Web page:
Five Aging Menswear Trends That Need to Die

Although all of us at Styleforum are as pleased as punch with the explosion of interest in men’s clothing and fashion that has accompanied the new millennium, there have been a few aging menswear trends that made our teeth hurt when they were new and aren’t treating us any better now. Some of them are still clinging to life, and that needs to stop. The usual Styleforum disclaimers apply: it is, of course, possible to embrace the entire list below and look great. Theoretically. In a parallel universe, maybe. If you’re still hanging on to all of these, I’m sorry. For you.

  1. Wooden Bead BraceletsYou know what we’re talking about. For a good five years, iGents the world over had these bracelets stacked halfway up one or both arms (and, we assume, sock-less legs as well). As an idea, we fully support men’s jewelry – and even the odd bead. But they have become the grown man’s elastic band bracelet; the ideal way to show how cultured and worldly you are, collected without thought or intention. Thankfully, this trend has almost killed itself off, but to everyone still in denial: please. Let it die.

  2. “Fun” SocksThey don’t make you more interesting. They don’t show your personality. If you honest-to-god love your bright pink argyle, fish scale, or curled-mustache socks, we can’t stop you. But no one’s going to find you more daring, more exciting, or any bolder than you would be if you were sporting a sock that didn’t suggest you also sleep in a race car bed (Disclaimer: if you sleep in a race car bed, that’s awesome and please send us photos).

  3. Contrast ButtonholesWe’re not sure who thought this up or why. Perhaps men were having trouble finding their buttonholes, hence reduced to running around in a state of unbuttoned panic. Perhaps internet MTM companies needed a thousandth feature to grant a $1 upcharge. Or perhaps, in an era of endless customization, men in search of ways to make themselves stand out thought that red thread around a white buttonhole was the best way to show off their sartorial chops. The absolute worst offenders are contrasting buttonholes combined with busily-patterned shirts, most of which have extra-tall power collars and contrasting cuffs. Most egregiously, these made their way onto the cuffs and lapels of sport coats, which…sorry, I was too busy retching to finish that sentence. Just Say No.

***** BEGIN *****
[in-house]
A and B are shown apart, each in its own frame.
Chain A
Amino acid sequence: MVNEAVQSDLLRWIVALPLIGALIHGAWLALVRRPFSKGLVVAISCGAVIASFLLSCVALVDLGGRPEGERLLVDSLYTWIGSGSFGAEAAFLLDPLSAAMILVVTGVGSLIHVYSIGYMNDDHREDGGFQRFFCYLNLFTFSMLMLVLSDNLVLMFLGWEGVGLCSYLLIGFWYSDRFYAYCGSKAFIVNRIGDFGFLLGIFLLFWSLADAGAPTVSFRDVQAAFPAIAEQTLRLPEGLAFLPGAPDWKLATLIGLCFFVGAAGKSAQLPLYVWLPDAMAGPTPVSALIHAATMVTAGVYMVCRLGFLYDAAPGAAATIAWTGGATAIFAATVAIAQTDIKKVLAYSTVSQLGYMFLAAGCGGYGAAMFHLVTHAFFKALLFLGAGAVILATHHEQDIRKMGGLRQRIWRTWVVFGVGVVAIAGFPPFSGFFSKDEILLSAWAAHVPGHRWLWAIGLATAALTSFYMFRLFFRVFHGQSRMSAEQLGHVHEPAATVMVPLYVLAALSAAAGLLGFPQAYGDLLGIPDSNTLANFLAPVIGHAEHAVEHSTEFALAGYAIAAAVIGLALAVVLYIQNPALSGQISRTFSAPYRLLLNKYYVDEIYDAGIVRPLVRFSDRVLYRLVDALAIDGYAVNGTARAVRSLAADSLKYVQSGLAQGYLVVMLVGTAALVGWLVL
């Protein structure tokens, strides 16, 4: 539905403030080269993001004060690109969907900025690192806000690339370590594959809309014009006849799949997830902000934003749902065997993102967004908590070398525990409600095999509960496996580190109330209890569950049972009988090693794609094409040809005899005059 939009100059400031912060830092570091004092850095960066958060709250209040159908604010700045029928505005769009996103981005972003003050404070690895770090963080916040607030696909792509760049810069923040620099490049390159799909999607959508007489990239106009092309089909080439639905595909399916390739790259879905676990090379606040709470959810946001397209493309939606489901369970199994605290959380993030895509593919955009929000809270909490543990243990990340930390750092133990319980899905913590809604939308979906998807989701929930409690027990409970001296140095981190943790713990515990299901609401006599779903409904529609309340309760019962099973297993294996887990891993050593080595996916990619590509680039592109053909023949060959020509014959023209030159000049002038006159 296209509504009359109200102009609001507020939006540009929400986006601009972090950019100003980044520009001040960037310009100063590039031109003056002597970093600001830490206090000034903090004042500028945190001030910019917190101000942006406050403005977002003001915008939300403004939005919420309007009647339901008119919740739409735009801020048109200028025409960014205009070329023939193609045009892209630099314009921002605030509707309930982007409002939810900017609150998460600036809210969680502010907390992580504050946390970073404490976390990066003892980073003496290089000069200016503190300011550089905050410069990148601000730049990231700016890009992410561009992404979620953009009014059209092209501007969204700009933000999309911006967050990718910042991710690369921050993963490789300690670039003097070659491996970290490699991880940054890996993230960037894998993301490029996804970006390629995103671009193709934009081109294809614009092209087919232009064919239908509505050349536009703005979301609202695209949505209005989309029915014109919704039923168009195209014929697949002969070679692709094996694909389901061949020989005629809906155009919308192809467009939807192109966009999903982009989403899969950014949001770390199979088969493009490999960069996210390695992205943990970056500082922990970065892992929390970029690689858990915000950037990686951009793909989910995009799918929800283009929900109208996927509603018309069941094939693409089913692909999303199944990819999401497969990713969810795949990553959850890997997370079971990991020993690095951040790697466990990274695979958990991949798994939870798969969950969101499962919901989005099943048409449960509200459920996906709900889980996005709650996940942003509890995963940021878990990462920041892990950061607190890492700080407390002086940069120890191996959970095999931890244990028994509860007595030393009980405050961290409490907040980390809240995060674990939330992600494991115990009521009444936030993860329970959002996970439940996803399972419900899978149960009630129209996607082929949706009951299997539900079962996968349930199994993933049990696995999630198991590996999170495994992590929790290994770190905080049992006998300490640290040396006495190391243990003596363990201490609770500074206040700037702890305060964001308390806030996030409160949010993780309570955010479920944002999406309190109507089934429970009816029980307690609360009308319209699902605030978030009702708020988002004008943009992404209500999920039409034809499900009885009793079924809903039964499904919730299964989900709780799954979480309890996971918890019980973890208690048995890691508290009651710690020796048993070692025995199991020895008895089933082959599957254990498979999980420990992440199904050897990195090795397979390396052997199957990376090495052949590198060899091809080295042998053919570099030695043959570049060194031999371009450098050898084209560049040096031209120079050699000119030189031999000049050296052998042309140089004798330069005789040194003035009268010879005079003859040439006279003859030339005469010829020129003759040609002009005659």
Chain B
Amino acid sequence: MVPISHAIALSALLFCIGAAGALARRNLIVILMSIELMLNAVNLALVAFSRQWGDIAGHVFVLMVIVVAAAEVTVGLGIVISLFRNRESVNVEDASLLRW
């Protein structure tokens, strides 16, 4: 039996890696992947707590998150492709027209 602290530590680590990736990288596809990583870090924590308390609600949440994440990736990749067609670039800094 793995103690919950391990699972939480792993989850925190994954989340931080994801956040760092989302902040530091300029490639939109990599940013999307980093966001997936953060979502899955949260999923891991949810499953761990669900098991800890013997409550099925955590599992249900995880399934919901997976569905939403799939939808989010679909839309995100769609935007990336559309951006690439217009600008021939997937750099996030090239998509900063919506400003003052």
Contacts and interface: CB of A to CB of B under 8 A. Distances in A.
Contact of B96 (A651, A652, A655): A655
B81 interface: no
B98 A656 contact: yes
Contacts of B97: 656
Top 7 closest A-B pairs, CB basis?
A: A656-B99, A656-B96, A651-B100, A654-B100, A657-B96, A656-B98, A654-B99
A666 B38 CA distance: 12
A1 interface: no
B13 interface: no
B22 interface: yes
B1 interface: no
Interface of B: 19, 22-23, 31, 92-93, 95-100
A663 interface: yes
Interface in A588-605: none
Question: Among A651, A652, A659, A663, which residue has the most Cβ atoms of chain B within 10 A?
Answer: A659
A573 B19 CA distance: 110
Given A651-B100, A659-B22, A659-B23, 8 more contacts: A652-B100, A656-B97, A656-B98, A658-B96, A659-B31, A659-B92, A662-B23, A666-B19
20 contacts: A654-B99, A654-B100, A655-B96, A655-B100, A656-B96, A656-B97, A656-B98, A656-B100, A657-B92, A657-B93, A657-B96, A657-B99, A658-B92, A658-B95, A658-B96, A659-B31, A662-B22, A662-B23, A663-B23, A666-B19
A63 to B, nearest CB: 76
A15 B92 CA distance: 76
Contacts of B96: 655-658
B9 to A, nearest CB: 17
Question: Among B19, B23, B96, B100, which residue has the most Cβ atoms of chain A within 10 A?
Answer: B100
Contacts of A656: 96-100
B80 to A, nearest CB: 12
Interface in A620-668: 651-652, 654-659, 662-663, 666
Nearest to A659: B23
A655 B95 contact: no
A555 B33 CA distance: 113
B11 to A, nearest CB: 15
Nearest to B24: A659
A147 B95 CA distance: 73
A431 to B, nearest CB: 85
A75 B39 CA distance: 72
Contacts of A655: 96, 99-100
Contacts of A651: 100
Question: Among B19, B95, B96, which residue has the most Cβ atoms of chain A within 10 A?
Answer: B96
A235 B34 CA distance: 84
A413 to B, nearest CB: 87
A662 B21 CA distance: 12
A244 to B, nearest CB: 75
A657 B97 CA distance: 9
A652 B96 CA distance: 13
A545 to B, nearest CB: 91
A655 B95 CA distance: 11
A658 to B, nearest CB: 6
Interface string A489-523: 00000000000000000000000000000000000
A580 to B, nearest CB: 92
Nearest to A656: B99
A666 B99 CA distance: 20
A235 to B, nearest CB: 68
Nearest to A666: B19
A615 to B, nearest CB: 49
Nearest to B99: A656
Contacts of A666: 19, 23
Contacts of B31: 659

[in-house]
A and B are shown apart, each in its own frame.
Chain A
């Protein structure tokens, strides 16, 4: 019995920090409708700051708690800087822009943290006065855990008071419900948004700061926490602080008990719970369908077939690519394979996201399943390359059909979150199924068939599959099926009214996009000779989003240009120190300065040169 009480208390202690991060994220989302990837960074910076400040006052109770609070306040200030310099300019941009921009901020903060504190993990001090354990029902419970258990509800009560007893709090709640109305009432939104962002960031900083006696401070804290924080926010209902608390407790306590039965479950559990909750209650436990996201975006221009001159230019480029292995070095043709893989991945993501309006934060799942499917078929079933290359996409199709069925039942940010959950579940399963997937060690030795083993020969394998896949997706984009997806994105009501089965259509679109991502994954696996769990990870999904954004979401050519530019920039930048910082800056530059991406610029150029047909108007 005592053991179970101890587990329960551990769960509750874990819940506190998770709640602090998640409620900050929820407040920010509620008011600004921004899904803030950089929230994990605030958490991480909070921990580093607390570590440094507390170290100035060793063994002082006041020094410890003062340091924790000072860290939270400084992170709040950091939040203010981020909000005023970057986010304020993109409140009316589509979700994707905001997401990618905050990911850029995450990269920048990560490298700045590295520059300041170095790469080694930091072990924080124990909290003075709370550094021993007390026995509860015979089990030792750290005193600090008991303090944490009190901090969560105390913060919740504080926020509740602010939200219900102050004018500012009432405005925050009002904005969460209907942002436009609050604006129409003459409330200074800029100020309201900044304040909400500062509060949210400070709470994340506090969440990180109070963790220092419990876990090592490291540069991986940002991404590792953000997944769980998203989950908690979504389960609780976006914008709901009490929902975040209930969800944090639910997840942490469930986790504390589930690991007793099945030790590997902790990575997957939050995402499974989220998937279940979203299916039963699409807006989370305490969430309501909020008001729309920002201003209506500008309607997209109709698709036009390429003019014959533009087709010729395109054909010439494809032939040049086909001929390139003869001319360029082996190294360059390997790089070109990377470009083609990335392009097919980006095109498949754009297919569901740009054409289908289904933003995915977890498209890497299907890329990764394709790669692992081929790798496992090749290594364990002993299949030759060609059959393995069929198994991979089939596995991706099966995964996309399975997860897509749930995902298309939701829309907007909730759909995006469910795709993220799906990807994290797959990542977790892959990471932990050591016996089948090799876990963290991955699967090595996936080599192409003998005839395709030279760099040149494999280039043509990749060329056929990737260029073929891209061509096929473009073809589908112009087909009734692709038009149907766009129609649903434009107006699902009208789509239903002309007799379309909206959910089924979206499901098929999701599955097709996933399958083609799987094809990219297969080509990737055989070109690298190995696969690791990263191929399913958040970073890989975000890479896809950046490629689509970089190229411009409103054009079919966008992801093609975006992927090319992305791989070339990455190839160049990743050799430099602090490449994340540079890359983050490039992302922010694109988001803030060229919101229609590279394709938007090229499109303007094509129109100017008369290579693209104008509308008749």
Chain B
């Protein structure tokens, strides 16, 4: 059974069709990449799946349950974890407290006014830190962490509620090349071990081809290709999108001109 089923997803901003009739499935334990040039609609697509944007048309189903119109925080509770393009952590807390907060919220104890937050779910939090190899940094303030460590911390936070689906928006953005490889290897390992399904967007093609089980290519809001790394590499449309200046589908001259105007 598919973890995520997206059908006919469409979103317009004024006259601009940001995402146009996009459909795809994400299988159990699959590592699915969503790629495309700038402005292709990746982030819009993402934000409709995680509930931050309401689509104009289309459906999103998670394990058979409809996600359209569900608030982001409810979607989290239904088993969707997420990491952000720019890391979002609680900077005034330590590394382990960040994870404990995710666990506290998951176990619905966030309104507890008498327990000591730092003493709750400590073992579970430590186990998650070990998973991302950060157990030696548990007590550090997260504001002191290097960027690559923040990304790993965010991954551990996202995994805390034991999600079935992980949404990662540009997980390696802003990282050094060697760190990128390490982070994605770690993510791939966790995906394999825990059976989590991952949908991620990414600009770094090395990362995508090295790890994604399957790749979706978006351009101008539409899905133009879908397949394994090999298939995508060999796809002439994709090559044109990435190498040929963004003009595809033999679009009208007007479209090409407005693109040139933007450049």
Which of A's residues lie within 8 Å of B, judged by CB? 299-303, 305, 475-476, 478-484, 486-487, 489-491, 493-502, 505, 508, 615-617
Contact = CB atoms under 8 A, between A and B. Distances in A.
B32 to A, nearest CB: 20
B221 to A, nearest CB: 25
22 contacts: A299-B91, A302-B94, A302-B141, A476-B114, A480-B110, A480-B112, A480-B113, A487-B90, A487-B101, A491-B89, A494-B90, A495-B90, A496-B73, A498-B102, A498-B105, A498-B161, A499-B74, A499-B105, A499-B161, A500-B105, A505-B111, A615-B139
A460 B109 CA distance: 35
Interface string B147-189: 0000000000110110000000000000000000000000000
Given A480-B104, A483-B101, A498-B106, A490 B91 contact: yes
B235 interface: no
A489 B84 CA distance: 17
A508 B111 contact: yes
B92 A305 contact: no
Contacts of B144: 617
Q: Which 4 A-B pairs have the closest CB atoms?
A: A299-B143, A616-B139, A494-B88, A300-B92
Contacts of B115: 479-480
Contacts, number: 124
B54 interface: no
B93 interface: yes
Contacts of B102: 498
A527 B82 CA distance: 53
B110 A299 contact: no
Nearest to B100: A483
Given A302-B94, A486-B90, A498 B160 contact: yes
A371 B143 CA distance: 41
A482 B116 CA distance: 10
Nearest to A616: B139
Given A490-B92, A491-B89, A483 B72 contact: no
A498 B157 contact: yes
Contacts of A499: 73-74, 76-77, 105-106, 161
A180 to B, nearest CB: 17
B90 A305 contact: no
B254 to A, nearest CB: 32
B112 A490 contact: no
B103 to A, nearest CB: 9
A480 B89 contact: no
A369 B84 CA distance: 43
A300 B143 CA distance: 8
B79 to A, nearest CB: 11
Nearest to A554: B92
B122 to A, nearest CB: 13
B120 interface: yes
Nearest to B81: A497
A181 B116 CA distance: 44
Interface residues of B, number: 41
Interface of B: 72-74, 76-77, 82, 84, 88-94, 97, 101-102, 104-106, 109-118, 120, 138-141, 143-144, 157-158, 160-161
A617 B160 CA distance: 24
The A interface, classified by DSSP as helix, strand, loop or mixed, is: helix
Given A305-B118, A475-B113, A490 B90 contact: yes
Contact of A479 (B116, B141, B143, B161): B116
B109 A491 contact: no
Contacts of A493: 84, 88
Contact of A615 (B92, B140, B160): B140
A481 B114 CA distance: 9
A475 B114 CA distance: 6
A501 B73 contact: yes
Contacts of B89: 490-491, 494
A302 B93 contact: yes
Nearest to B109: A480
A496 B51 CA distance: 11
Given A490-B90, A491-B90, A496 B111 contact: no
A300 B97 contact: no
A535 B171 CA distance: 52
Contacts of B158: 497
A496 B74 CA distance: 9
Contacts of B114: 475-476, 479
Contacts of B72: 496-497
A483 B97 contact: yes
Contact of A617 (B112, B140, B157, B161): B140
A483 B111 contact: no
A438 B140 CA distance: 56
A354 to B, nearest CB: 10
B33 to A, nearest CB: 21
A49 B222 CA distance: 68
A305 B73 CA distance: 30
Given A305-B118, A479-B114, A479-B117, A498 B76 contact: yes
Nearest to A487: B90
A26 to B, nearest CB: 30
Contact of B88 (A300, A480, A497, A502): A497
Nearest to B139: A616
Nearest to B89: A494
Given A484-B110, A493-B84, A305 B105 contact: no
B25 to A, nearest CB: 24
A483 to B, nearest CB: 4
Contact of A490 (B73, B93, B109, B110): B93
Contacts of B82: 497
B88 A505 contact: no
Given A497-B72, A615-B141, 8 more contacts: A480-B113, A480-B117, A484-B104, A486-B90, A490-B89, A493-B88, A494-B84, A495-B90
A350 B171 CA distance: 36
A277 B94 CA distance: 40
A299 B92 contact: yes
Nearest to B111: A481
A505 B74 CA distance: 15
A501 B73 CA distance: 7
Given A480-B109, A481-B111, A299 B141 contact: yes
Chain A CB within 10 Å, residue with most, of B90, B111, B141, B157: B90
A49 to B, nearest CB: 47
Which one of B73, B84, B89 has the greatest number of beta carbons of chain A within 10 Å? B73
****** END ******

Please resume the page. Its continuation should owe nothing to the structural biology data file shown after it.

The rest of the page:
4. Contrasting Cuff Dress Shirts

    I’m not sure how to feel about these. On the face of it, a shirt (or jacket) that hides a special fabric reserved only for the wearer is perhaps the most Styleforumish of affectations, and one that I cannot ideologically oppose. However, when contrast cuffs are combined with the in-your-face stripes and collars (also contrasting on the underside) of Jermyn-inspired clubwear, men the world over are done a disservice. This is the ultimate boss form of the “going-out shirt,” and should be avoided at all costs. There’s no better way to say “Hi! I’m probably an asshole.”

    Addendum: Contrast Anything, Come to Think of It

    Yellow shoelaces? No. Purple collar tips? Please.  If it seems like a gimmick, it probably is – and a gimmick does not a well-dressed man make.

  5. Teensy-tiny ties with tie clipsI blame Mad Men, and by extension, JCrew. For a couple of years there, every other man on the street had declared himself dapper, a man’s man, by virtue of jacket lapels skinny as a pinky finger, a tie as narrow as a pencil, and to top it off – a tie clip (need we mention the ubiquitous gingham shirt?). Okay, I may be conflating a few different trends there, but they definitely went hand-in-hand, and were usually found beneath thick-framed retro spectacles.  It’s one thing to bring the 60’s back, it’s another to use your lemming powers for the sake of looking like an anonymous office drone. It’s not minimalism, people. It’s just bad.

    There’s a lot to be said for a tie that doesn’t make you look like you’re performing at a high school rock show, but to be fair, this has deep, deep roots. It reappeared in the mainstream alongside the the geek-chic look of the early 2000’s (we’ve talked about this before), but it’s not Joe Craft-Sixpack who’s to blame for the resurgence of the skinny-tie-and-bar. After all, who doesn’t want to look like Mick Jagger in his younger days? Sadly, at this point, the romance has become mundane. We must insist that your ties – and your lapels – increase to a respectable width. And please – leave the tie clip at home.

    There you have it: five of the most egregious aging menswear trends that really, desperately need to be buried. Does this list mean you’re not allowed to embrace color or personality? Of course not. It means that even when you’re dressing with the times, good taste should govern your stylistic decisions. Because “more, more, more” has never been a particularly effective guiding philosophy, and that extends to clothing.